China’s diplomatic ambitions in the Pacific suffered a setback in Kiribati on Wednesday when the party that switched recognition from Taiwan to China last year lost its legislative majority over its handling of the move.
In the second round of legislative elections, the Tobwaan Kiribati Party and its allies won 22 seats out of 45, dealing a blow to Kiribatian President Taneti Maamau, who previously enjoyed a comfortable majority of 31.
The remaining seats were won by members or allies of two other parties: one that vows to switch recognition back to Taiwan and another made up of lawmakers who left the ruling party to create the opposition Kiribati First Party over the handling of the switch.
Kiribati, a country of 110,000 people in the central Pacific, severed diplomatic ties with Taiwan and established foreign relations with China in September last year, just a week after the Solomon Islands announced that it was breaking ties with Taiwan.
Kiribati is thought to be of interest partly due to Christmas Island, the world’s biggest atoll with a land mass of nearly 400km2, which is just 2,150km from Honolulu, home of the US Pacific Command, and is far to the east of existing port facilities available to the Chinese People’s Liberation Army Navy.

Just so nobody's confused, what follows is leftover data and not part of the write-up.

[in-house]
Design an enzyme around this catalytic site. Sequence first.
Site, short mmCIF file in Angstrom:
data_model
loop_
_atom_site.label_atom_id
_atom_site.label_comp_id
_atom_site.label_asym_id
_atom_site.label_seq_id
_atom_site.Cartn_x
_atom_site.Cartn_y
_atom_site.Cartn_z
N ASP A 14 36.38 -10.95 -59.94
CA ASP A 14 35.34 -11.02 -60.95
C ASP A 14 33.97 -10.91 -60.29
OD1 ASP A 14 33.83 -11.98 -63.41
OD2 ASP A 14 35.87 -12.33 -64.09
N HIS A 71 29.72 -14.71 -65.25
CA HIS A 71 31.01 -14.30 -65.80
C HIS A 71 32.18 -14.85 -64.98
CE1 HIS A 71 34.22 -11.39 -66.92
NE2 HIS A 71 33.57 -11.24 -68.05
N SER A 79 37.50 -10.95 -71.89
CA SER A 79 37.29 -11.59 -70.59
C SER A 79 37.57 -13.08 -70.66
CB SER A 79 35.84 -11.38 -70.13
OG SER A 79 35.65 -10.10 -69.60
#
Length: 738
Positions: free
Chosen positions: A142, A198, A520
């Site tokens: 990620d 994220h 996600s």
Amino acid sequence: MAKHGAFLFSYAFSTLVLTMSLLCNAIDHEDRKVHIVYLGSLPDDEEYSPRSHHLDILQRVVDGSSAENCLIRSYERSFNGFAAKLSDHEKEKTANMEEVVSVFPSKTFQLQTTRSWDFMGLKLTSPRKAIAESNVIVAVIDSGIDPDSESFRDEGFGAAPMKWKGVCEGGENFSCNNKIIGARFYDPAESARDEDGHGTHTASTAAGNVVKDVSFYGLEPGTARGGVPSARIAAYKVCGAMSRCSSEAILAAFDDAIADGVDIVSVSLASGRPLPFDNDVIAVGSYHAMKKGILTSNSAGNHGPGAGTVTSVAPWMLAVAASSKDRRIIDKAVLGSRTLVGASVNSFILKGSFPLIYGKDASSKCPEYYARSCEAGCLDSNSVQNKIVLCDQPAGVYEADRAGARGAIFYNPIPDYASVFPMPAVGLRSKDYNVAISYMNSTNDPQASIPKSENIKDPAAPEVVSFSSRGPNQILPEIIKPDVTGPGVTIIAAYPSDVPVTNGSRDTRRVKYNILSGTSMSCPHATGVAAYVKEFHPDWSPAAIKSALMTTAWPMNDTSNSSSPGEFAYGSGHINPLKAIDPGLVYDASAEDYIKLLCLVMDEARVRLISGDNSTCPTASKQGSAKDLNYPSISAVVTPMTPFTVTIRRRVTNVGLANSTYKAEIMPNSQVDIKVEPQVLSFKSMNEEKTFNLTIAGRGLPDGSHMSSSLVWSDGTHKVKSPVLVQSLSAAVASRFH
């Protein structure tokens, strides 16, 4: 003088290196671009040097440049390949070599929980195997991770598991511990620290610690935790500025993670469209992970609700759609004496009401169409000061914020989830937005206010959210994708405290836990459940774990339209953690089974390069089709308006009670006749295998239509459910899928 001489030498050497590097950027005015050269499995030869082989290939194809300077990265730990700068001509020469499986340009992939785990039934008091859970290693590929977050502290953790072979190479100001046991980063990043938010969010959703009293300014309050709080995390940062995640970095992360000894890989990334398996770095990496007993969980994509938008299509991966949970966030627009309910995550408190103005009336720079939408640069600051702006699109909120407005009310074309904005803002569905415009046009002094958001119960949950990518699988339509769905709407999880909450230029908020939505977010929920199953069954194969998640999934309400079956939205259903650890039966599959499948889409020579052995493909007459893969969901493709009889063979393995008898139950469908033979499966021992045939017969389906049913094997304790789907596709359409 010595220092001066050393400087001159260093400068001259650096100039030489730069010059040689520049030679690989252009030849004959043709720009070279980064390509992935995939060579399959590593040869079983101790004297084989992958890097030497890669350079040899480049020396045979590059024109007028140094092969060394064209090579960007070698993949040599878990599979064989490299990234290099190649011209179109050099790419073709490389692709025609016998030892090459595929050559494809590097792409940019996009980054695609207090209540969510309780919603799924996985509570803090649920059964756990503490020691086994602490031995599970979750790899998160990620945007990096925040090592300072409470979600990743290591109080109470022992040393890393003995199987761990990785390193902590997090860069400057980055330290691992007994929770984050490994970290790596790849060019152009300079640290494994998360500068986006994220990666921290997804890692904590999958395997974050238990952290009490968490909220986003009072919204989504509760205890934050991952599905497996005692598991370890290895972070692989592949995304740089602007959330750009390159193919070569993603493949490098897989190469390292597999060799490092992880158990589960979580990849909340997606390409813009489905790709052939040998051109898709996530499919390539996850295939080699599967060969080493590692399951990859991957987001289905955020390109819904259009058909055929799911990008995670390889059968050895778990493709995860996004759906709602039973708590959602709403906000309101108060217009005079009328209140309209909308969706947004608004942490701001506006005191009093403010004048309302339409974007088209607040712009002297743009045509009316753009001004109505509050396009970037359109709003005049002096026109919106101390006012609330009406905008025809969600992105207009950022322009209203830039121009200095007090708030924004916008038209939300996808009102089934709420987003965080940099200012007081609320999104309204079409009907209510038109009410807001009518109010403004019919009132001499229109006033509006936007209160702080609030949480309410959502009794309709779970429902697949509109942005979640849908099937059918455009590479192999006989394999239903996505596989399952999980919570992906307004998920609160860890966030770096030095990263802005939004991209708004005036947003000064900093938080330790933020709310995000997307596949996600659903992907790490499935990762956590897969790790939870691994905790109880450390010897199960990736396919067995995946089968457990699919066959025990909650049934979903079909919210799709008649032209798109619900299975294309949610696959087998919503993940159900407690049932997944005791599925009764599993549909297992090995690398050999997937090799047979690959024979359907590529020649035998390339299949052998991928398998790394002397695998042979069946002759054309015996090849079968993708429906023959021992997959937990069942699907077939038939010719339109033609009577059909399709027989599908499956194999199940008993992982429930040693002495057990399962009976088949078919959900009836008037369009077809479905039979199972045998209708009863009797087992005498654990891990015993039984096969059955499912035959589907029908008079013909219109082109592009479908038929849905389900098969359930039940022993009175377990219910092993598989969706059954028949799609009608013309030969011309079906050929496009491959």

The lightly populated island already has a giant deepwater pier and a spare runway, and its lagoon could easily be turned into a port, experts have said.
Kiribati First Party founder Banuera Berina is expected to be more skeptical in his dealings with China and to take a hard line against accepting loans.
He and Maamau are expected to run in a presidential election scheduled for June.
Despite being Tobwaan Kiribati Party chairman when the diplomatic switch took place, Berina said that neither he nor a number of ministers were informed of what he later concluded were secret negotiations with China that must have gone on for months, if not years.
When Maamau gathered the officials and Cabinet members to announce the switch as fait accompli, several protested that as Taiwan and its ambassador were widely perceived as helpful and generous in their districts, they feared losing their seats, Berina said.
“But the president assured us we shouldn’t worry about that, because we would be getting campaign money from China,” Berina said. “I was shocked.”
Maamau told the officials that he made the switch because President Tsai Ing-wen (蔡英文) had not proven to be a reliable partner, Benuera said.
Maamau allegedly said that Taiwan repeatedly ignored requests that it contribute to Kiribati’s Vision 2020 development plan, centered on tourism and fisheries, notably by buying Kiribati a US$30 million Brazilian airliner.
In March last year, when Tsai went on an official tour of the region, she also failed to visit Kiribati, which the government denounced as a snub.
Banuera said that he broke with Maamau when he found out from Taiwanese sources that Tsai had been eager to visit, but was told that it could not happen because Maamau would be in Fiji at the time.
“The Taiwanese first offered to charter a plane so Maamau could get back in time, and when he refused, they even offered that President Tsai pick him up in Fiji on her way to Tarawa,” he said.
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